LAYTON When you hear Cindy Fernau's story about her son's accidental drug overdose, you want to cry right along with her.
In 2004, Kevin Dwire died at age 23 after smoking a cigarette laced with heroin and cocaine. That was the fateful end to his drug addiction, one that began when he was in sixth grade.
But Dwire's story has given his mom something to fight for.
"I don't want another mother to have to bury her child," she says.
So Fernau is planning to tell her son's story at an Anti-drug and Alcohol Rally scheduled for Aug. 29 at the Layton Amphitheater in Layton Commons Park, 457 Wasatch Drive. The rally, which runs from 6 to 9 p.m., is a way for the community to come together with live music, heartbreaking stories and some prize giveaways to make a difference, Fernau says.
The Trinity Group, Layton DARE Team, Teen Challenge, Partnership for a Drug-free America, American Association of Suicidology, Ogden Rescue Mission, Davis Behavioral Health, Zero Fatalities and Christian Life Center have teamed up to produce the rally, but organizers are looking for more community partners.
Food and drinks, such as hot dogs, buns, condiments, water, cups and ice are still needed, Fernau said. And so are more prizes. They hope to give away computers, game systems, MP3 players, bikes, snowboards, ski/snowboard passes, miniature-golf passes, golf clubs or any other prizes that would attract local youth to attend and help put a stop to drug abuse.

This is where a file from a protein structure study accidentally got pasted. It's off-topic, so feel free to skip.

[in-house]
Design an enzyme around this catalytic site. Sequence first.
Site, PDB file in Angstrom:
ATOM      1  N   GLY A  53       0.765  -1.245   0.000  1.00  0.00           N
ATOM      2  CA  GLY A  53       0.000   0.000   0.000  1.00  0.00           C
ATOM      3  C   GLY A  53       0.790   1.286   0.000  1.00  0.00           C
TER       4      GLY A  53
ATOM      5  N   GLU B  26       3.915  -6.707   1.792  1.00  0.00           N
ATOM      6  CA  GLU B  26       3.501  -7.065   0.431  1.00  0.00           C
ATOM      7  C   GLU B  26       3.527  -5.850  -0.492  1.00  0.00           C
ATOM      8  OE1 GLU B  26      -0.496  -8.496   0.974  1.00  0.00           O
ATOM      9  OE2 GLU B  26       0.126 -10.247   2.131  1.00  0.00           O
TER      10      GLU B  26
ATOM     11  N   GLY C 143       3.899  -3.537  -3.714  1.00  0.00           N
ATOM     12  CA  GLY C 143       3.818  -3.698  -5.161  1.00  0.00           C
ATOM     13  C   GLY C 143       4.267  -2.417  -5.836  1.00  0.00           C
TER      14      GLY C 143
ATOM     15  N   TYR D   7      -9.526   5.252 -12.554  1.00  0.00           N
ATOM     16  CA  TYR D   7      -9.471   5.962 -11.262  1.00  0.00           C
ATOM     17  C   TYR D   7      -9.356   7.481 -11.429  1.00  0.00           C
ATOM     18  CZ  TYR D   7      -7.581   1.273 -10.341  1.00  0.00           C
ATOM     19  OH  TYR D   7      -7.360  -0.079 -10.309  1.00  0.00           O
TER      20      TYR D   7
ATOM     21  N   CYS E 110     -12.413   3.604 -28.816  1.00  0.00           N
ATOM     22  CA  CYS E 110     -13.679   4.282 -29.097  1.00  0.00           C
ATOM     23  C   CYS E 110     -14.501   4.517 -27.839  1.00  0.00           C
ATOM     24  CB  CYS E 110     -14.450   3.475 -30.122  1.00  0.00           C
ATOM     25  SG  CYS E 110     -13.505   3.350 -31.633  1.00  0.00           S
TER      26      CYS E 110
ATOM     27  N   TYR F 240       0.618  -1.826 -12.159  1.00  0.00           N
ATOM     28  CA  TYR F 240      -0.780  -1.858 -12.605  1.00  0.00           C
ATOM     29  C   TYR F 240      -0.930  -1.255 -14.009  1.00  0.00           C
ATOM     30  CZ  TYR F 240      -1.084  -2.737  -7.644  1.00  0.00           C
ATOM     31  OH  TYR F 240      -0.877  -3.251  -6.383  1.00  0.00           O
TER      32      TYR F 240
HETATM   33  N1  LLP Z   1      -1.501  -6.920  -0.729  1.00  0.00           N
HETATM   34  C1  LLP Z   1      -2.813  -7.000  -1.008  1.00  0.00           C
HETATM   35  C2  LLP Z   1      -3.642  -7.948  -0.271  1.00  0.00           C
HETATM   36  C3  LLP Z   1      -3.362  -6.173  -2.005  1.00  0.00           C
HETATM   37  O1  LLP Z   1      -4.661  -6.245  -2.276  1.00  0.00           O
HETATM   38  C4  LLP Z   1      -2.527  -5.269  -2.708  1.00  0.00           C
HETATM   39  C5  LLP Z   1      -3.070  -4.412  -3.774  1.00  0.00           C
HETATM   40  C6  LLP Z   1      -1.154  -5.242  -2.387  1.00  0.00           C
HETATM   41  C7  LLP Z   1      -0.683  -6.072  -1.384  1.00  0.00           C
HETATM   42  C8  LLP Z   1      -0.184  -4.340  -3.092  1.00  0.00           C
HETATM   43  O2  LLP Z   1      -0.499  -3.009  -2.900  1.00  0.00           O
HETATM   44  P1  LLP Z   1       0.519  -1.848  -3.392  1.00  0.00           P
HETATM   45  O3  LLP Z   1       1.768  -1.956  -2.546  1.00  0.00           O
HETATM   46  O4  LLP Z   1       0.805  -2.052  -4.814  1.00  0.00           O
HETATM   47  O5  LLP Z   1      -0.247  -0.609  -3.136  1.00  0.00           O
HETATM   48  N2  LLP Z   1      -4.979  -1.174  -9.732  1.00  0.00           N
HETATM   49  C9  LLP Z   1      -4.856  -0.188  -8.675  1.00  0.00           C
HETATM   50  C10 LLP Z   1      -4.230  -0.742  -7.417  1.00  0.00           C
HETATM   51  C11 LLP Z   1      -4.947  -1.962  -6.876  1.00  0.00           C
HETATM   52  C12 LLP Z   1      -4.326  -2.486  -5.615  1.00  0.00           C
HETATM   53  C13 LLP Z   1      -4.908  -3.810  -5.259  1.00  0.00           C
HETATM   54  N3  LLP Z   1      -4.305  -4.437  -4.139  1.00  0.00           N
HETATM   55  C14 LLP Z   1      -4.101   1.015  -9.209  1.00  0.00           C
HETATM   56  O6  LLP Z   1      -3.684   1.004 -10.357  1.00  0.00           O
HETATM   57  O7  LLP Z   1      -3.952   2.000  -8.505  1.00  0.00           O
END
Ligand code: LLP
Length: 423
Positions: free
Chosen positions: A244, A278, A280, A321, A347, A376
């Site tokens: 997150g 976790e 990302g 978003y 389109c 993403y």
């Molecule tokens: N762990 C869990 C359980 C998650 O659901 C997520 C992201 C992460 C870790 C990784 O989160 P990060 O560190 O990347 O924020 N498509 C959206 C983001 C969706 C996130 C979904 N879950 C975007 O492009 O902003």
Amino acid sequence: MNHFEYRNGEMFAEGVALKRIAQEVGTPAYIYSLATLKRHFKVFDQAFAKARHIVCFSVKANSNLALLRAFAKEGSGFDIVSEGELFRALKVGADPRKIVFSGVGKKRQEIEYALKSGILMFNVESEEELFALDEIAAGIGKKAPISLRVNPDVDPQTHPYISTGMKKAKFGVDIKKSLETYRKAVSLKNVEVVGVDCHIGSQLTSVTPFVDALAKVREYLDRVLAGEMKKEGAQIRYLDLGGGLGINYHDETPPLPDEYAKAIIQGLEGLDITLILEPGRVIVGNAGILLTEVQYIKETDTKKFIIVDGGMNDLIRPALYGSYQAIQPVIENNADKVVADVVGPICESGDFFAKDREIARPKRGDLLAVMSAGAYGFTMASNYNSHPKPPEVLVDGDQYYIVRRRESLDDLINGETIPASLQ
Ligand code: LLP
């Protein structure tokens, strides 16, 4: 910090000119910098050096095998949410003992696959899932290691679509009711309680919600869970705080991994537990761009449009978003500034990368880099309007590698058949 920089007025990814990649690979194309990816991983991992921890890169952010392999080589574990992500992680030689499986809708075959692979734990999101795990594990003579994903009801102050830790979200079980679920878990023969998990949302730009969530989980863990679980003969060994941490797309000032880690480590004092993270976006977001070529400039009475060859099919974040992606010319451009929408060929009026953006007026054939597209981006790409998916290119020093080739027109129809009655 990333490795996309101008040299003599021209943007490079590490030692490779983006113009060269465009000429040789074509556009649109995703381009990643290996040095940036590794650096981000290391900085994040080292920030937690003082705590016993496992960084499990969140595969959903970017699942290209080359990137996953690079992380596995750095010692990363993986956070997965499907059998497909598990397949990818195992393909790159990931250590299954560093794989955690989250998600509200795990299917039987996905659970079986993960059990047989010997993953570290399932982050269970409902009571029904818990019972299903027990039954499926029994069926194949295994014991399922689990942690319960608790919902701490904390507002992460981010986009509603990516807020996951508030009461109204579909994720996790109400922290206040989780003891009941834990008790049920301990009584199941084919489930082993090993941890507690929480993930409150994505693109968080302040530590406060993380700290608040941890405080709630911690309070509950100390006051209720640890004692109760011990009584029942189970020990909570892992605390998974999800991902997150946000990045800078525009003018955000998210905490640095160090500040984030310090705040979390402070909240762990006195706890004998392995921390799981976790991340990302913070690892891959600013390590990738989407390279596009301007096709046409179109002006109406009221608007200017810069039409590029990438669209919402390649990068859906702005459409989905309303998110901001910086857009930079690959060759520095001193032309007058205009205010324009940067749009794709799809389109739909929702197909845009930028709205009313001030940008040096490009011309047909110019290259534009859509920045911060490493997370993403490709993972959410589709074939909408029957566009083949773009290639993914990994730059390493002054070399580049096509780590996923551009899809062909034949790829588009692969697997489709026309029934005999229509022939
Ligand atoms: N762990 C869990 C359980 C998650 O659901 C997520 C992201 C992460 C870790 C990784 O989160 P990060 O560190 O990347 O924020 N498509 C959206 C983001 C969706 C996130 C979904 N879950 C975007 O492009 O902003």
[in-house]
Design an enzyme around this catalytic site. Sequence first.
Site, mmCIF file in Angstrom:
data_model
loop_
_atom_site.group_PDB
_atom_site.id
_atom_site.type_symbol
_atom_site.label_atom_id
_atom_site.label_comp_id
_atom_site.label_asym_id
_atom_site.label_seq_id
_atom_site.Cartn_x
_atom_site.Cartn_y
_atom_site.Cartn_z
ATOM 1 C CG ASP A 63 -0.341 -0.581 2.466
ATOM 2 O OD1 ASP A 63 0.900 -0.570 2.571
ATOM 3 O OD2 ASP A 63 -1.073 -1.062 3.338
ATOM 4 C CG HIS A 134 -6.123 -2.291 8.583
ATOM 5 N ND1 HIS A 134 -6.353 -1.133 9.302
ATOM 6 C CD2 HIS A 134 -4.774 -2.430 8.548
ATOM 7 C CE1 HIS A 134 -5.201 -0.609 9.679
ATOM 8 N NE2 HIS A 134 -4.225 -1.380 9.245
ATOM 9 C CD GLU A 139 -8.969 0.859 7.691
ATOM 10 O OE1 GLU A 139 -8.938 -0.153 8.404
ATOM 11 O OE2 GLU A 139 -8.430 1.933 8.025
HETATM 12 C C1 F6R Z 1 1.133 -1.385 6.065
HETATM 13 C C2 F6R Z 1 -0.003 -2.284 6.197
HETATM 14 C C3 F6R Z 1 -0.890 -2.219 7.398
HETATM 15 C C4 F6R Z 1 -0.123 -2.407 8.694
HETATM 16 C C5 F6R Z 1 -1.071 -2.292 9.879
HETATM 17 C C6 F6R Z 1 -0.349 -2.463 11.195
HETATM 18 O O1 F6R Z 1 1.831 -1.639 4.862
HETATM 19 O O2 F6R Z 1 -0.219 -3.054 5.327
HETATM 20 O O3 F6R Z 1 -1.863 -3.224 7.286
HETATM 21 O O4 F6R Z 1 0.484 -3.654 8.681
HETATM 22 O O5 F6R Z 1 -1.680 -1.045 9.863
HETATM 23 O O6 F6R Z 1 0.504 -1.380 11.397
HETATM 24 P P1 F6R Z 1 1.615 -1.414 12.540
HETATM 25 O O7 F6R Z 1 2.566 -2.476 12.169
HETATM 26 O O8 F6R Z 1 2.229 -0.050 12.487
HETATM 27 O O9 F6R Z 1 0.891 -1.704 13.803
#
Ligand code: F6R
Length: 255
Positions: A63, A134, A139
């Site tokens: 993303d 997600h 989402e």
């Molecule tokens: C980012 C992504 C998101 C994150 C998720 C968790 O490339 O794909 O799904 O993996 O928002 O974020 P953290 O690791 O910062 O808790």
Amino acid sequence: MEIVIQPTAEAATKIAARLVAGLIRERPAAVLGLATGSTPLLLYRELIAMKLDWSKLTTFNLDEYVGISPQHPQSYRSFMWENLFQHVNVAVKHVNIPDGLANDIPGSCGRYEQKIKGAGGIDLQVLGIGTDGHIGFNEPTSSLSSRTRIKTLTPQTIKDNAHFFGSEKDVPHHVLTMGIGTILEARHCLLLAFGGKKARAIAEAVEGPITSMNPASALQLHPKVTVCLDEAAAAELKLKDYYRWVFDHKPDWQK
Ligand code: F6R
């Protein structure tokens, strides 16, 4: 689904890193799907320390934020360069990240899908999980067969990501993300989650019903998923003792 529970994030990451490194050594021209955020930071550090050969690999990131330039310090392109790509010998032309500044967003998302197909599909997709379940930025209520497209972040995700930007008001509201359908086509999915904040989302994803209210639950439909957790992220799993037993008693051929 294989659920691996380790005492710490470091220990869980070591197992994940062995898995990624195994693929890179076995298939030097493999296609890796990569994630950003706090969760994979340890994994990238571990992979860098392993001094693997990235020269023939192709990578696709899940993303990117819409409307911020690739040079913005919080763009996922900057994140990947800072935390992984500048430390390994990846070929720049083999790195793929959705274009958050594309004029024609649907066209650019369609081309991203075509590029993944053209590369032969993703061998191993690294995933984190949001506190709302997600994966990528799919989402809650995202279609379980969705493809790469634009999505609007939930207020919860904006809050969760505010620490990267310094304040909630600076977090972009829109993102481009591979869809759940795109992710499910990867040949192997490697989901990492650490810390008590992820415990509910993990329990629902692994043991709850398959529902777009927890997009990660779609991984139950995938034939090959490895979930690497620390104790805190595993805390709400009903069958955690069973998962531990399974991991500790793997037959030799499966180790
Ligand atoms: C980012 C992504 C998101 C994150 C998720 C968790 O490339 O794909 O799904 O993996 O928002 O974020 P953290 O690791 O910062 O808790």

"No child is immune to this," Fernau said. "(Kevin) was raised in a wonderful home. We taught him right. He had all the right training. It got ahold of him. What he thought he could control ended up controlling him."
After cigarettes in the sixth grade, Dwire was drinking beer in seventh grade and smoking marijuana in eighth grade.
"We were trying everything," Fernau said. "We tried counseling, therapy, medications, discipline, warnings. We tried love. We tried getting others to talk to him."
But in the end, it was a deadly mixture of cocaine and heroin that ended Dwire's addiction and his life.
So Fernau brings her story and her pain, which she plans to share at the rally.
"If I can help someone else through it, then yay," Fernau says. "Something good is going to come through it."To donate, contact Fernau at 801-540-7350 or by e-mail at [email protected].
E-mail: [email protected]